While Valium is considered to be relatively safe for most adult users when used as directed by a doctor, mixing Valium and alcohol or taking it with other drugs can result in severe side effects, including the following:
- Loss of consciousness
- Brain damage
What Is Valium?
Valium (diazepam) belongs to a class of drugs called benzodiazepines (benzos). Diazepam is commonly prescribed as a sedative/anxiolytic and anti-seizure agent, and to help people with anxiety or insomnia to help them relax or fall asleep. It is also sometimes used to treat muscle spasms, restless leg syndrome, and symptoms of alcohol withdrawal.
The benzo family also includes other popular anti-anxiety medications, such as alprazolam (Xanax), lorazepam (Ativan), and clonazepam (Klonopin). Benzodiazepines are scheduled substances because they do have the potential for abuse.
Misusing Valium or abusing it with other drugs or alcohol also increases the likelihood of developing chemical dependency and addiction. As noted, Valium is considered to be safe for most adult users when taken as prescribed by a doctor. However, abusing this medication by combining it with other medication, illegal drugs, or alcohol poses significant risks.
Some users combine Valium and alcohol or use it with other drugs to amplify their euphoric effects, but some take Valium in conjunction with other substances without knowing they are compromising their health and safety. To prevent excessive sedation, injury, or overdose, it is vitally important to be aware of the possible interactions of Valium and other intoxicating substances.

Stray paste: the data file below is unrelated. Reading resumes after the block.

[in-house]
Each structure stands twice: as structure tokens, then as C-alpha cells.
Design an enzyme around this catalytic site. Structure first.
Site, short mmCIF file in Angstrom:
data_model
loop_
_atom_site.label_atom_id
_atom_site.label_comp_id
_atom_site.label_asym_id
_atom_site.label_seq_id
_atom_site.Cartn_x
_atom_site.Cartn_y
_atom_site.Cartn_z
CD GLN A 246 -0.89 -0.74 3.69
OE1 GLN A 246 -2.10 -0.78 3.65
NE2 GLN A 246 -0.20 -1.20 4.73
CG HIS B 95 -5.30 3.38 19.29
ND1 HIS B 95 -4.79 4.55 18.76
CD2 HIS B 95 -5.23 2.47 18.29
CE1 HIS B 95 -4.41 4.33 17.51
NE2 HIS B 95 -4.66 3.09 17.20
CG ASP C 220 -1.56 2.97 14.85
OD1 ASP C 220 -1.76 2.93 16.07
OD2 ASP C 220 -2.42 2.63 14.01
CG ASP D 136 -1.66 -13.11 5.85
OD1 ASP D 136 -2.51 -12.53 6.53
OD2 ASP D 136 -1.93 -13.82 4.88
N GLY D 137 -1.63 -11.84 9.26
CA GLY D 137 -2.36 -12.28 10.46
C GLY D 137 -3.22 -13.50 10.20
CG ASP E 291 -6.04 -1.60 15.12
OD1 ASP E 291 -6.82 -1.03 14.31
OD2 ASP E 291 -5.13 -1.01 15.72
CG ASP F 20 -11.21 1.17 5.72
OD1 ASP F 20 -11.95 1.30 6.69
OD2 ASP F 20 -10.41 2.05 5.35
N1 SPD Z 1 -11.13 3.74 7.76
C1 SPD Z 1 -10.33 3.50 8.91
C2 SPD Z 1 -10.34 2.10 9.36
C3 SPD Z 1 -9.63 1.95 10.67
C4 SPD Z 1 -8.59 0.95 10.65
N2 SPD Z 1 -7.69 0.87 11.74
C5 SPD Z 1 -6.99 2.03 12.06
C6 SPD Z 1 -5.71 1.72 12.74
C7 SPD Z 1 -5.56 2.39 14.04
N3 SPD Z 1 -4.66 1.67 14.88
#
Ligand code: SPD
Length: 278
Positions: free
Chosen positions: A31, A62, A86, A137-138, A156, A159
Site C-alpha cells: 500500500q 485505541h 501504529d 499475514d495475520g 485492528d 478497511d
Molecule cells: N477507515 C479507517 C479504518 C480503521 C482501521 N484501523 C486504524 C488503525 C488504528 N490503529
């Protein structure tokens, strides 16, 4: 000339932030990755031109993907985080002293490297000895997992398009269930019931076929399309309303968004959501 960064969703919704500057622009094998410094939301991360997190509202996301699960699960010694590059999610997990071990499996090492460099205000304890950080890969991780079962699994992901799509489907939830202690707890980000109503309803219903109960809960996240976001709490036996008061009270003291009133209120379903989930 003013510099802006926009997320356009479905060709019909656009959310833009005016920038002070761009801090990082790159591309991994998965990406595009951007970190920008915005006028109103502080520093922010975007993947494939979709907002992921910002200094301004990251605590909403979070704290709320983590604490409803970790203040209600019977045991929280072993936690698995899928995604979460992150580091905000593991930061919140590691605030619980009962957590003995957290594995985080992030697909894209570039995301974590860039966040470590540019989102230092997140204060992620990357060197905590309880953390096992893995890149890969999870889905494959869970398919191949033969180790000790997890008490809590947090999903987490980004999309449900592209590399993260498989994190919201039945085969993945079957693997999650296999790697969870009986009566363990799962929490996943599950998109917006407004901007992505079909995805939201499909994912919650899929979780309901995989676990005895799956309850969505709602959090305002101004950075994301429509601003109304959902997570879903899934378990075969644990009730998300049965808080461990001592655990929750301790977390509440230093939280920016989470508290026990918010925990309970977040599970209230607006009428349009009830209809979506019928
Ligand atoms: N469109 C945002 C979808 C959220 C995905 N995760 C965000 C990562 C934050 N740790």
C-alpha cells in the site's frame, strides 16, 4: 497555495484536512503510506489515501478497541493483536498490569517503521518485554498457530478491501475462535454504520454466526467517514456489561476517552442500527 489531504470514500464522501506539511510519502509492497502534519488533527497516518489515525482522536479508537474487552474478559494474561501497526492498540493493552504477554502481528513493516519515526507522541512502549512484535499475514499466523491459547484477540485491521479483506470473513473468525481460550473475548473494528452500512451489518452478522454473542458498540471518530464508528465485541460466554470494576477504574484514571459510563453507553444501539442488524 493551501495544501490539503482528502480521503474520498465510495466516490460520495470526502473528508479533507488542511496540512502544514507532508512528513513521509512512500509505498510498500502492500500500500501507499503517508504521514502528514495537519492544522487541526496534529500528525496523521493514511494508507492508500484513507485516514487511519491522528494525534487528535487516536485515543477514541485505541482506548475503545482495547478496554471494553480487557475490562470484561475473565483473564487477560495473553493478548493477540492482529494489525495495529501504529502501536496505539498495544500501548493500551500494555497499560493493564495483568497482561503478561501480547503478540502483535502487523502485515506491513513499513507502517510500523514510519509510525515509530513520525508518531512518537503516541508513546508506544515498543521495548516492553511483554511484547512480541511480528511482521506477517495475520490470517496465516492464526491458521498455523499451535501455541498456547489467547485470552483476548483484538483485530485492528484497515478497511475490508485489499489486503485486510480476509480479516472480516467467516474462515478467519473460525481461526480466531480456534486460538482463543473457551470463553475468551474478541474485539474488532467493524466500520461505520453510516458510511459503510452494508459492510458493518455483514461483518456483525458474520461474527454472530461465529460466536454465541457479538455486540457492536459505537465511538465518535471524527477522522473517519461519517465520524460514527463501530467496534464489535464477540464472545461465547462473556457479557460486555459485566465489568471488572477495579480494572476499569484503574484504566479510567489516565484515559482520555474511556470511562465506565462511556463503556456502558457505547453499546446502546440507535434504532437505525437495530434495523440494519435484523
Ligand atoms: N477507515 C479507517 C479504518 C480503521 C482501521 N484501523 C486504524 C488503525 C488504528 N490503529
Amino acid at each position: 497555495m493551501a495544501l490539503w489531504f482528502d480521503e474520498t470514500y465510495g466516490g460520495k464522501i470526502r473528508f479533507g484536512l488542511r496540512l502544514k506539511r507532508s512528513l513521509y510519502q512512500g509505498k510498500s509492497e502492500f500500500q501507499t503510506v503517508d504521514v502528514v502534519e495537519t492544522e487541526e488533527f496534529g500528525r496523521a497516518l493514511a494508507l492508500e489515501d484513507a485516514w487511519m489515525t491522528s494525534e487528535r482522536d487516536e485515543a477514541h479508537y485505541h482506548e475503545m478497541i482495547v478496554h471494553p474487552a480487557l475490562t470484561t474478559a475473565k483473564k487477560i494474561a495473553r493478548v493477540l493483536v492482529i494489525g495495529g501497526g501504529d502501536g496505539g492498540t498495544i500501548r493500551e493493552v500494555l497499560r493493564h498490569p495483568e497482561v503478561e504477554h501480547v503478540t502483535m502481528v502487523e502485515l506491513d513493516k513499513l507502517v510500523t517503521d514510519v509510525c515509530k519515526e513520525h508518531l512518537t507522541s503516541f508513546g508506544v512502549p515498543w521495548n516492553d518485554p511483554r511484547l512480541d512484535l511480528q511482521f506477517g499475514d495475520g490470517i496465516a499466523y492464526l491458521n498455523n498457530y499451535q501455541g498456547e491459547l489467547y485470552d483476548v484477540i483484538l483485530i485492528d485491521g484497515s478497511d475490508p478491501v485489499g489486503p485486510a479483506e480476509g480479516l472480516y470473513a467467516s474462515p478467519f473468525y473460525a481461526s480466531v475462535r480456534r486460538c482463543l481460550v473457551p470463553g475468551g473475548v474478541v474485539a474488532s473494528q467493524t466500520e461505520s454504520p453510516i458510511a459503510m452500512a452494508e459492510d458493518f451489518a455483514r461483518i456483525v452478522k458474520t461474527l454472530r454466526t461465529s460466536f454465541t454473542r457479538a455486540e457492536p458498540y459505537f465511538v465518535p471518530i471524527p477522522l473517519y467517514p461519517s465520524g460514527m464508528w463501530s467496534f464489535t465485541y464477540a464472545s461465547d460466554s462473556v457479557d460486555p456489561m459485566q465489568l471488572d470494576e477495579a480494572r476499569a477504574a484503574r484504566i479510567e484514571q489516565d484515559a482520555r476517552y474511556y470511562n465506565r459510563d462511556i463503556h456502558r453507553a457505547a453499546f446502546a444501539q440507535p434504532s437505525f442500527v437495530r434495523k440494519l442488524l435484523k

Effects on the Brain and Body
Valium acts on the central nervous system (CNS) to reduce activity by means of GABA receptors (gamma-aminobutyric acid), a naturally occurring agent made from glutamate in brain cells. GABA is the body’s primary inhibitory neurotransmitter and is responsible for inhibiting nerve impulses when we are placed in stressful situations.
Overall, Valium has a depressant effect that helps to prevent seizures and muscle spasms. It can also have a sedating effect on the user and make him or her feel drowsy.
Drug and Alcohol Contraindications
The dangers of Valium dramatically increase when it is used at the same time as other drugs or alcohol. In particular, the following substances, when combined with Valium, pose a heightened risk of overdose, loss of consciousness, coma, and death:
- Alcoholic drinks
- Opioid painkillers, such as hydrocodone, oxycodone, and hydromorphone
- Illicit opioid drugs, such as heroin and street fentanyl
- Other benzos or sedatives, such as Xanax
- Sleep medications, such as Ambien
Many of these substances are CNS depressants, meaning that they reduce activity in the brain and slow down various physiological processes. Combining these drugs with Valium can amplify the effects of both, making the user more vulnerable to the dangers of profound CNS depression.
The use of Valium in conjunction with stimulants like cocaine or meth can also threaten the user’s health and safety. Abusing multiple substances increases the risk of dangerous drug interactions, overdose, addiction, accidents, and death.
The abuse of Valium with alcohol, opioids, or other prescription medications is not always intended. Some people with legitimate prescriptions for Valium drink alcs drug, unaware of the potential hazards. The National Institute on Alcohol Abuse and Alcoholism (NIDA) warns that benzos like Valium can increase the sedating effects of alcohol, making the user even more drowsy, confused, disoriented, and susceptible to accidents or injuries.
Risk of Overdose
According to the Morbidity & Mortality Weekly Report (MMWR), benzos like Valium were involved in more than 408,000 emergency department visits in 2010. Among patients who overdosed on Valium, alcohol is often used in conjunction with this medication, intensifying its sedative effects. In fact, MMWR reported that more than 27% of ER visits related to benzos also involved alcohol and that over 26% of the those who died as a result of benzo use had also consumed alcohol.